The focus on bit stream does not place the standards effort on good footing. A common bit stream will not define a standard immersive speaker layout. It will not solve the problem of multiple mixes for multiple sound systems. If homogenized, it will not pave the way for a market leader that could help solve these issues. If not homogenized, and a market leader is attempted to be selected by committee, it becomes an anti-trust issue.
If a market leader appears, it will be defined in the traditional manner, in the marketplace. Dolby may be ahead today in market share with Atmos, but the game is still young. Less than 1% of cinema screens around the world have immersive sound. There is plenty of opportunity for a lower cost system to gain more market share. Whether the standards effort will allow market dynamics to lead is the subject of another report.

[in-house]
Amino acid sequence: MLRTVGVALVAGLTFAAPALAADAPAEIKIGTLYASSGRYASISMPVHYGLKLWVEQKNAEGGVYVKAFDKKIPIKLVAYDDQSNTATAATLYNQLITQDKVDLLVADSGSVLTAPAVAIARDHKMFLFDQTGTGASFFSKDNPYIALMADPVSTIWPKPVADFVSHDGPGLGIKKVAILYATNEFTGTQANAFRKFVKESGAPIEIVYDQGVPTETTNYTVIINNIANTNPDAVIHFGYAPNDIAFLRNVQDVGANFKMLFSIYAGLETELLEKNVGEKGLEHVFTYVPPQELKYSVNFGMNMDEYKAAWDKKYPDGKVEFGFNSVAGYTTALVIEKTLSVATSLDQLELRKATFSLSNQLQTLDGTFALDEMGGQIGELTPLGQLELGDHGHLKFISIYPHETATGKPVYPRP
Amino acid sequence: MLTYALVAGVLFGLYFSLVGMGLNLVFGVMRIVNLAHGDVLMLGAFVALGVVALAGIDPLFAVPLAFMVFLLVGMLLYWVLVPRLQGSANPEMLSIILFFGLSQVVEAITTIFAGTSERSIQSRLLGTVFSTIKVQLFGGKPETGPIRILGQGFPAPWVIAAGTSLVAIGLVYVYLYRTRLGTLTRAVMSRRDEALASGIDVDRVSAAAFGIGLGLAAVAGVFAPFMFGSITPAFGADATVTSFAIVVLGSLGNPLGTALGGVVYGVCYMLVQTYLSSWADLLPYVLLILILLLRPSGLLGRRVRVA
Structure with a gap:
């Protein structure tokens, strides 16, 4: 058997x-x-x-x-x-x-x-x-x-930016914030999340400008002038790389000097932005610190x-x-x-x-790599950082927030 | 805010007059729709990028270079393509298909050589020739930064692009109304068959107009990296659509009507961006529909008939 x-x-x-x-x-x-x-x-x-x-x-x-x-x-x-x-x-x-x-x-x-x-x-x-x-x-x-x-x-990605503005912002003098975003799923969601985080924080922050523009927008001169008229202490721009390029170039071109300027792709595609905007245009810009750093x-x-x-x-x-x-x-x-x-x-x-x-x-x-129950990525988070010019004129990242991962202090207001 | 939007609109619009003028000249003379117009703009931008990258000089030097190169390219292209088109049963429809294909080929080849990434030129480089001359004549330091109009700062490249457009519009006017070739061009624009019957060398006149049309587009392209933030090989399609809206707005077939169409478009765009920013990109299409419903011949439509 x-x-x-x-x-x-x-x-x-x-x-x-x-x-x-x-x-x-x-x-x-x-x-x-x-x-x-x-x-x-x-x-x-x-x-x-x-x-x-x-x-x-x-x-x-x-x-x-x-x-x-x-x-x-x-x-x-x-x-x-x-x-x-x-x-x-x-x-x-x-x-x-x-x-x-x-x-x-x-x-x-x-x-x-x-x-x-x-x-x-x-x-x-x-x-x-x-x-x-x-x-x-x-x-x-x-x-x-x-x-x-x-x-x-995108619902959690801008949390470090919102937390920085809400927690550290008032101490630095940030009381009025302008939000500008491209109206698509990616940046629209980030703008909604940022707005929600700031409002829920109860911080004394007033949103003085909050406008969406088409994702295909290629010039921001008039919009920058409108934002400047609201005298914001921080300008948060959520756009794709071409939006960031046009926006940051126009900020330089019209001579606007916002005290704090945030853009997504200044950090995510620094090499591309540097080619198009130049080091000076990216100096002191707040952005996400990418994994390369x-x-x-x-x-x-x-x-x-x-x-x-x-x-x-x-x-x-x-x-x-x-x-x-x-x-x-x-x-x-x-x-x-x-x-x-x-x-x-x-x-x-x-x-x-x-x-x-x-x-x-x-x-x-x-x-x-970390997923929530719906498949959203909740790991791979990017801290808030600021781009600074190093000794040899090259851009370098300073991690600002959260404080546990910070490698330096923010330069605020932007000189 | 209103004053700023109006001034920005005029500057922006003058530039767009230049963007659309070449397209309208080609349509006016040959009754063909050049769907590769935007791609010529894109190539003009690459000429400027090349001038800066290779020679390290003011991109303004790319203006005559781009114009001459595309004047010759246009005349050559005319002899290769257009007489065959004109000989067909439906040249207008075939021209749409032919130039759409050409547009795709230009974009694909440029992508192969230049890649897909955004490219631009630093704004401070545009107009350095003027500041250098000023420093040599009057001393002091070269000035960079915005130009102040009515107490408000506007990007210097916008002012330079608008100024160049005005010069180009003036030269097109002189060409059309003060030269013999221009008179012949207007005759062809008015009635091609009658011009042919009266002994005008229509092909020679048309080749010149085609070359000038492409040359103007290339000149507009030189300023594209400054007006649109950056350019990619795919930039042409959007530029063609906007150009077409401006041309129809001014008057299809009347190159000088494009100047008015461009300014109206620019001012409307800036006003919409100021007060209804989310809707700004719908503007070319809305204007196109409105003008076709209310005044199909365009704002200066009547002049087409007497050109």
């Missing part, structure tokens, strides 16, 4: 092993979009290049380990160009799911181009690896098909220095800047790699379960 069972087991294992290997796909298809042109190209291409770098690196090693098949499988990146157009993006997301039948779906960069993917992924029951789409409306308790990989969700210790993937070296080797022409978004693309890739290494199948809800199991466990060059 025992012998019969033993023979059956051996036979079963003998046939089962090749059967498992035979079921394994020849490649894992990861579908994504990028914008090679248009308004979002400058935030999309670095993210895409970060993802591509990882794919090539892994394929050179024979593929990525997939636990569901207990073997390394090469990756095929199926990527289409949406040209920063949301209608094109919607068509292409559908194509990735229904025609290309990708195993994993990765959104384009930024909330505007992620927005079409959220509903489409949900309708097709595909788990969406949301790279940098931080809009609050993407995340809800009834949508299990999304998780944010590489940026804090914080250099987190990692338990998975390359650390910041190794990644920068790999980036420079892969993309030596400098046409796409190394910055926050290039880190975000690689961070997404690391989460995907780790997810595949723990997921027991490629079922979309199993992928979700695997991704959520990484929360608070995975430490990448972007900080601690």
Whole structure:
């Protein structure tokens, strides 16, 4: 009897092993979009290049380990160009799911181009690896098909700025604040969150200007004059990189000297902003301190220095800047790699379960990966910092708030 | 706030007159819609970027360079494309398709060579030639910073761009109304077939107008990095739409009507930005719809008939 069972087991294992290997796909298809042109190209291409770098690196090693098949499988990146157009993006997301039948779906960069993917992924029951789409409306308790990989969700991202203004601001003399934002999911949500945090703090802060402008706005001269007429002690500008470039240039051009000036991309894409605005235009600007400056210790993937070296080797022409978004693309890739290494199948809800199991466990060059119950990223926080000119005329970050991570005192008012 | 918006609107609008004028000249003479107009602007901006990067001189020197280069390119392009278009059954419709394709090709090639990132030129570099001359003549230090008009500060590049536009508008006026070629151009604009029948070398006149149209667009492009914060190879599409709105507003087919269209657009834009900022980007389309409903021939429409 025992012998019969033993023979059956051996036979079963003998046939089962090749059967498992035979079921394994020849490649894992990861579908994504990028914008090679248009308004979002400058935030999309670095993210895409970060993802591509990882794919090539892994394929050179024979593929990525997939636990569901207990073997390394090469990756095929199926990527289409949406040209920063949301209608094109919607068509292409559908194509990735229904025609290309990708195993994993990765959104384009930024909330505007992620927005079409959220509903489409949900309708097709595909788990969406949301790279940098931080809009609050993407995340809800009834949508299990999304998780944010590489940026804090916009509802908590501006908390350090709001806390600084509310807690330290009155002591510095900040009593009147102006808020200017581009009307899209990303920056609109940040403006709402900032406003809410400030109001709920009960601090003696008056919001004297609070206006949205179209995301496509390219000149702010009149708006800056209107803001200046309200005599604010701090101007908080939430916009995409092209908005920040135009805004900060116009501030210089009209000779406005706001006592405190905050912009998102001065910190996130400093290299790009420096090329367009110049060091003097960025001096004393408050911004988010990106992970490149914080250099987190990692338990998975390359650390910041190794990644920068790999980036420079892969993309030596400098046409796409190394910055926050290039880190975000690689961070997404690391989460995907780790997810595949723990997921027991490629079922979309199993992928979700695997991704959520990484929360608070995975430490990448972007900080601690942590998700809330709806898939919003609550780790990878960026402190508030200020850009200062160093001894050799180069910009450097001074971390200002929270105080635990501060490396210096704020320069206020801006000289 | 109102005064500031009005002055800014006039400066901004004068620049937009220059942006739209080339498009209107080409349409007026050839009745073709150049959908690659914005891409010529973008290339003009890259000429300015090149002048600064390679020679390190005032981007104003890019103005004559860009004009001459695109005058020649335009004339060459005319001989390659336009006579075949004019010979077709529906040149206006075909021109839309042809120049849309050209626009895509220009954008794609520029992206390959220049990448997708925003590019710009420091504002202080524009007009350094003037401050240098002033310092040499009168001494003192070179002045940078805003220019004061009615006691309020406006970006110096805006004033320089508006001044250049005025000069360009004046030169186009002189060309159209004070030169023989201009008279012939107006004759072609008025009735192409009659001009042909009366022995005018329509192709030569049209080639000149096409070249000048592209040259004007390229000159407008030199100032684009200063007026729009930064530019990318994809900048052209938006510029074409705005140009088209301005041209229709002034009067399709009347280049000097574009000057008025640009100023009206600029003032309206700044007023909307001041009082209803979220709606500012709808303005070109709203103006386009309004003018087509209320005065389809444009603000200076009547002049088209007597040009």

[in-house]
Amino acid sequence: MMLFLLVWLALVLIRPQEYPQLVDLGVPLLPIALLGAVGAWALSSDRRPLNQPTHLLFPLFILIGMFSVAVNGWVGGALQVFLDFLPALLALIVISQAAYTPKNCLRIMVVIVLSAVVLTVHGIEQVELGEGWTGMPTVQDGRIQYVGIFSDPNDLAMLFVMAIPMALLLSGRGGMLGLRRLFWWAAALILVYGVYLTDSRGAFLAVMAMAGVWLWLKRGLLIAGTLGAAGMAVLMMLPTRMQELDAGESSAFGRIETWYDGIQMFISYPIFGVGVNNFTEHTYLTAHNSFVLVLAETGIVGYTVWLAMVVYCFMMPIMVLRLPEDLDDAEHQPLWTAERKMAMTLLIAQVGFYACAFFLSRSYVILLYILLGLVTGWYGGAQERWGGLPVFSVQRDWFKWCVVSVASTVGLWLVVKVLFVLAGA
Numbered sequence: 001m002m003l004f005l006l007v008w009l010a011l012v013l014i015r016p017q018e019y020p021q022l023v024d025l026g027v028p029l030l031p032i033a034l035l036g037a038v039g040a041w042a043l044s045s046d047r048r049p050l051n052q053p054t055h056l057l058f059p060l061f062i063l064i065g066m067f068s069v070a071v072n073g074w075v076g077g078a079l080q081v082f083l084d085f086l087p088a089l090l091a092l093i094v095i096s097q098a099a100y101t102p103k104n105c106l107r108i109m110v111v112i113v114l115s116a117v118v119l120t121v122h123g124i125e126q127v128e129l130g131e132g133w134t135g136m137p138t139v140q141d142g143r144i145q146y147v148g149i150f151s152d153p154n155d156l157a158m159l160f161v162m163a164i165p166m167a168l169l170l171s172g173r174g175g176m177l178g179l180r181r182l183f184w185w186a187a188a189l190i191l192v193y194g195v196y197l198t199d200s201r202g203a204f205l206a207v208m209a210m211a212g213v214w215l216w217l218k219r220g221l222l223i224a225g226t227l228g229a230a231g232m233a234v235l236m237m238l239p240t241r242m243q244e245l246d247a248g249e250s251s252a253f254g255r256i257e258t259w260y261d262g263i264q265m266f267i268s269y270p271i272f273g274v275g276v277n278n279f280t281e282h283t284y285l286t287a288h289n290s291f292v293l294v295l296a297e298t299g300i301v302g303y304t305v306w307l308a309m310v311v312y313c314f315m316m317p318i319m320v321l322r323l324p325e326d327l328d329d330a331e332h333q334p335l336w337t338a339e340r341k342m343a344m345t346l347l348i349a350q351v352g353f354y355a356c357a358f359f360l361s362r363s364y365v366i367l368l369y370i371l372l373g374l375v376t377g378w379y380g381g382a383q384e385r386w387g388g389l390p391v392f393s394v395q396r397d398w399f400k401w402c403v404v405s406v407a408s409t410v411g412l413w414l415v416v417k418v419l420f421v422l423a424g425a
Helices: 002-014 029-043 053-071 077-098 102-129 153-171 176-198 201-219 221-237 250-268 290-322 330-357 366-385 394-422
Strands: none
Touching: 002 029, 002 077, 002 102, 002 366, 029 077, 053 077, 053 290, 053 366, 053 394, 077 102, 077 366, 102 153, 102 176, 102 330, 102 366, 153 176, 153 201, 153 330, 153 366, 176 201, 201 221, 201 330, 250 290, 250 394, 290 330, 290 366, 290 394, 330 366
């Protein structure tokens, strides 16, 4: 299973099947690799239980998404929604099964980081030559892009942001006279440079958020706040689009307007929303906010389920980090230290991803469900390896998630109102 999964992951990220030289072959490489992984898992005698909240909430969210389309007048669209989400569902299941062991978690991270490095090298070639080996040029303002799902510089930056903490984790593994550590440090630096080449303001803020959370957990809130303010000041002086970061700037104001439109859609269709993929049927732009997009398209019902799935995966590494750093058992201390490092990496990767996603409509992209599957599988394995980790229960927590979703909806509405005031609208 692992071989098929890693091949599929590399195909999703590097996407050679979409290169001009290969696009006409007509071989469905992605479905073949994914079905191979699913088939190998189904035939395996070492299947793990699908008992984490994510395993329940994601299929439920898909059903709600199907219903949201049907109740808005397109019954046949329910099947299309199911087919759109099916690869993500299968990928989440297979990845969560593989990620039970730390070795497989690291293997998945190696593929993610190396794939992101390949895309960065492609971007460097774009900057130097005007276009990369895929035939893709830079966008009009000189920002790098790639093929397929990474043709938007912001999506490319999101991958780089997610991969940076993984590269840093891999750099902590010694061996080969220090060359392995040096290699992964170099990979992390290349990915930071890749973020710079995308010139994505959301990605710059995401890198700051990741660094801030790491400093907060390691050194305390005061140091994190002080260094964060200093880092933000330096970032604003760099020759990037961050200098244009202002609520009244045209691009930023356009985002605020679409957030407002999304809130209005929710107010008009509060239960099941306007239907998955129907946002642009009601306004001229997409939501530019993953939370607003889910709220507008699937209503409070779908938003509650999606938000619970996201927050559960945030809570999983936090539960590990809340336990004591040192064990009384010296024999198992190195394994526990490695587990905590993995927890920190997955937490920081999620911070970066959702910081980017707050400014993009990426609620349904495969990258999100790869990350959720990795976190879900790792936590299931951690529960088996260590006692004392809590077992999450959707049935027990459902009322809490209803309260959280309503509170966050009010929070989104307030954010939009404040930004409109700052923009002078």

So why don’t we see more aggressive behavior in the marketplace from immersive sound companies? The answer can be found in the corporate strategies at play. Even the most conservative observer would say that Dolby is driven by the desire for world domination. Atmos was designed as a closed architecture. Dolby controls the mixes, and only Dolby sells Atmos processors. Only recently did Dolby offer to open up the Atmos bit stream to others, a noble gesture. However, other manufacturers have looked at the documentation offered, and claim it to be inadequate. So perhaps world domination is still on its mind.
DTS naturally seeks market share for DTS-X across all platforms, but DTS is subtle in its approach to world domination. The company has taken the path of maneuvering its way into standards in both home entertainment and cinema, rather than flooding the marketplace upfront with its technology. In cinema, DTS freely licenses its technology, relying solely on 3rd party cinema manufacturers for implementation and product sales.